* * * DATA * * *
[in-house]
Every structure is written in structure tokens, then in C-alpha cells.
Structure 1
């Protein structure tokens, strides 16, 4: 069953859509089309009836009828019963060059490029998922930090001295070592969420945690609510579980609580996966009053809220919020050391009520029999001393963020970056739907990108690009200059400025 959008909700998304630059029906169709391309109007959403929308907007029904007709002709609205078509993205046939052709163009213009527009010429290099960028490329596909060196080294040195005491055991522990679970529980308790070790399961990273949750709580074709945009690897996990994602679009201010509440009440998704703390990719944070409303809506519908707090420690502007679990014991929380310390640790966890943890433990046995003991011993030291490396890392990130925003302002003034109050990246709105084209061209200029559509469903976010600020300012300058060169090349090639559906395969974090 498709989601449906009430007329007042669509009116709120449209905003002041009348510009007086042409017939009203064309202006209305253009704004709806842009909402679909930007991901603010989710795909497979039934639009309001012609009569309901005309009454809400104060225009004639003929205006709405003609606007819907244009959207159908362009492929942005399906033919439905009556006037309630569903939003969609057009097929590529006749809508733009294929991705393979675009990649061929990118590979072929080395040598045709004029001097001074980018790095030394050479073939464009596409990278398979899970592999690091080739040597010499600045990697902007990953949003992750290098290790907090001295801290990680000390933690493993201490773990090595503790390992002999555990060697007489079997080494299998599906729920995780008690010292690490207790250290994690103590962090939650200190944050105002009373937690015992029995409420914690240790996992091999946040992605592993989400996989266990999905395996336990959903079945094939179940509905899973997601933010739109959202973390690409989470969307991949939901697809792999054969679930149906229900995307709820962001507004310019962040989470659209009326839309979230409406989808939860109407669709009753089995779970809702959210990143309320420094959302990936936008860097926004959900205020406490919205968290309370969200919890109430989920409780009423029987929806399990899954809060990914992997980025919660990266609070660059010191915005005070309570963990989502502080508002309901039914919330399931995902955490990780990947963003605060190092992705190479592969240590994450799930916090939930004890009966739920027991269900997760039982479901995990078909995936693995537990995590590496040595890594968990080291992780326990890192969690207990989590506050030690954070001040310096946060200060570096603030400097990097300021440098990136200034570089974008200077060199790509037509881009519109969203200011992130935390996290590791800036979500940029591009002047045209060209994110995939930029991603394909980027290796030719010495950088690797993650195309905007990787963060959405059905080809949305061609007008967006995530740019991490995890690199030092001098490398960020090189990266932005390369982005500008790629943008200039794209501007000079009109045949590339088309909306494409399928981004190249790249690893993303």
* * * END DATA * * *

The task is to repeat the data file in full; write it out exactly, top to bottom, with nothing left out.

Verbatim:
[in-house]
Every structure is written in structure tokens, then in C-alpha cells.
Structure 1
């Protein structure tokens, strides 16, 4: 069953859509089309009836009828019963060059490029998922930090001295070592969420945690609510579980609580996966009053809220919020050391009520029999001393963020970056739907990108690009200059400025 959008909700998304630059029906169709391309109007959403929308907007029904007709002709609205078509993205046939052709163009213009527009010429290099960028490329596909060196080294040195005491055991522990679970529980308790070790399961990273949750709580074709945009690897996990994602679009201010509440009440998704703390990719944070409303809506519908707090420690502007679990014991929380310390640790966890943890433990046995003991011993030291490396890392990130925003302002003034109050990246709105084209061209200029559509469903976010600020300012300058060169090349090639559906395969974090 498709989601449906009430007329007042669509009116709120449209905003002041009348510009007086042409017939009203064309202006209305253009704004709806842009909402679909930007991901603010989710795909497979039934639009309001012609009569309901005309009454809400104060225009004639003929205006709405003609606007819907244009959207159908362009492929942005399906033919439905009556006037309630569903939003969609057009097929590529006749809508733009294929991705393979675009990649061929990118590979072929080395040598045709004029001097001074980018790095030394050479073939464009596409990278398979899970592999690091080739040597010499600045990697902007990953949003992750290098290790907090001295801290990680000390933690493993201490773990090595503790390992002999555990060697007489079997080494299998599906729920995780008690010292690490207790250290994690103590962090939650200190944050105002009373937690015992029995409420914690240790996992091999946040992605592993989400996989266990999905395996336990959903079945094939179940509905899973997601933010739109959202973390690409989470969307991949939901697809792999054969679930149906229900995307709820962001507004310019962040989470659209009326839309979230409406989808939860109407669709009753089995779970809702959210990143309320420094959302990936936008860097926004959900205020406490919205968290309370969200919890109430989920409780009423029987929806399990899954809060990914992997980025919660990266609070660059010191915005005070309570963990989502502080508002309901039914919330399931995902955490990780990947963003605060190092992705190479592969240590994450799930916090939930004890009966739920027991269900997760039982479901995990078909995936693995537990995590590496040595890594968990080291992780326990890192969690207990989590506050030690954070001040310096946060200060570096603030400097990097300021440098990136200034570089974008200077060199790509037509881009519109969203200011992130935390996290590791800036979500940029591009002047045209060209994110995939930029991603394909980027290796030719010495950088690797993650195309905007990787963060959405059905080809949305061609007008967006995530740019991490995890690199030092001098490398960020090189990266932005390369982005500008790629943008200039794209501007000079009109045949590339088309909306494409399928981004190249790249690893993303």